Autism Spectrum Disorder (ASD) is a developmental disorder that involves impairments in social interaction and communication, challenges with sensory processing, and repetitive behaviors. The term "spectrum" reflects the fact that symptoms vary across different individuals, ranging in type and severity.
ASD is an umbrella diagnosis in the DSM-5, replacing the four pervasive developmental disorders described in the previous edition — autistic disorder, Asperger's syndrome, childhood disintegrative disorder, and pervasive developmental disorder not otherwise specified. Individuals display ASD symptoms on a continuum, or spectrum, showing ranges of mild to severe symptomatology. Those on the mild-to-moderate end of the spectrum are sometimes colloquially referred to as having Asperger's syndrome, though this is no longer a formal diagnostic category.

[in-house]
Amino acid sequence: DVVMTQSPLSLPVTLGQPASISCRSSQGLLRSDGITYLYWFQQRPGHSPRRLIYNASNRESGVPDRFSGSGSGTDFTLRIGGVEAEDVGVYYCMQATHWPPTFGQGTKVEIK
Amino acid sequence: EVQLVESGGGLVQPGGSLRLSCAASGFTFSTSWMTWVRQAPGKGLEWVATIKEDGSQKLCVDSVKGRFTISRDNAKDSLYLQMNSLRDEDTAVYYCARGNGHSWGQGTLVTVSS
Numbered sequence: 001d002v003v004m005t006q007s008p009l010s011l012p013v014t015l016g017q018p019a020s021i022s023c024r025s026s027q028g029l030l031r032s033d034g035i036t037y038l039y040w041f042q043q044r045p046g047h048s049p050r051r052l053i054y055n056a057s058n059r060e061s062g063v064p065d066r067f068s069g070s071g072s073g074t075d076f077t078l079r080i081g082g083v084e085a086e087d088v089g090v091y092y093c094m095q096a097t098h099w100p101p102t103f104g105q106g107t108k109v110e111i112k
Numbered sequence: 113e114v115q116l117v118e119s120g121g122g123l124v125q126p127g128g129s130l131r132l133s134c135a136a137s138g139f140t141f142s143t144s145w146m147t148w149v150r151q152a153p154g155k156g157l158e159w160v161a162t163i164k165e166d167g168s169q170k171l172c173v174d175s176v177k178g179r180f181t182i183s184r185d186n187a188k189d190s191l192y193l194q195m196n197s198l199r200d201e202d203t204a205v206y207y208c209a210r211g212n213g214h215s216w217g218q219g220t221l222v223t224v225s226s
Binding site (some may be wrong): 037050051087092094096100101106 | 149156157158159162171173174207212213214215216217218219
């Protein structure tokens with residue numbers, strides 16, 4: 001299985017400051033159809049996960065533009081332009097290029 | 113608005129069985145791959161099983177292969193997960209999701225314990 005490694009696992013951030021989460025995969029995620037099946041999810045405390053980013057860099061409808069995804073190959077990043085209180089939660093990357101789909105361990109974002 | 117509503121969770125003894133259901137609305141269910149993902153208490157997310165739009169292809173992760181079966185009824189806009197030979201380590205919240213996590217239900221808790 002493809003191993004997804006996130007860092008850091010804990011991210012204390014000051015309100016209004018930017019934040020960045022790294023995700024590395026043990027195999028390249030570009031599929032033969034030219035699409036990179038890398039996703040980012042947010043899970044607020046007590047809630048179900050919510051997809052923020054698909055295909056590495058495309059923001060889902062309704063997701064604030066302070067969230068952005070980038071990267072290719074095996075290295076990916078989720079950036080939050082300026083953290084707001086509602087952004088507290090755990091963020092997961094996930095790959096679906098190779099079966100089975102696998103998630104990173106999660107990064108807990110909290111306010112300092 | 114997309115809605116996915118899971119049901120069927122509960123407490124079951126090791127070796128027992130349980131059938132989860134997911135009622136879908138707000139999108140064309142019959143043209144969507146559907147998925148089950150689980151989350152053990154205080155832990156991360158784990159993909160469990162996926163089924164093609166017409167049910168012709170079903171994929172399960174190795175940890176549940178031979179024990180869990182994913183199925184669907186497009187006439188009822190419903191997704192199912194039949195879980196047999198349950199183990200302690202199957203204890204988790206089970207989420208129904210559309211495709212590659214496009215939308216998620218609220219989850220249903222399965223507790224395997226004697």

People with autism may appear indifferent and remote and can have difficulty forming emotional bonds with others. They may have unusual responses to sensory experiences — the noise of a leaky faucet, for example, might become extremely disruptive.
Autism is found in many different countries and across racial, ethnic, religious, and economic backgrounds. Its prevalence has been estimated at roughly 1 percent of the world population. In a study by the Centers for Disease Control and Prevention (CDC), 1 in 59 U.S. children were identified as having ASD. The earlier the disorder is diagnosed, the sooner a child can be helped through treatment interventions.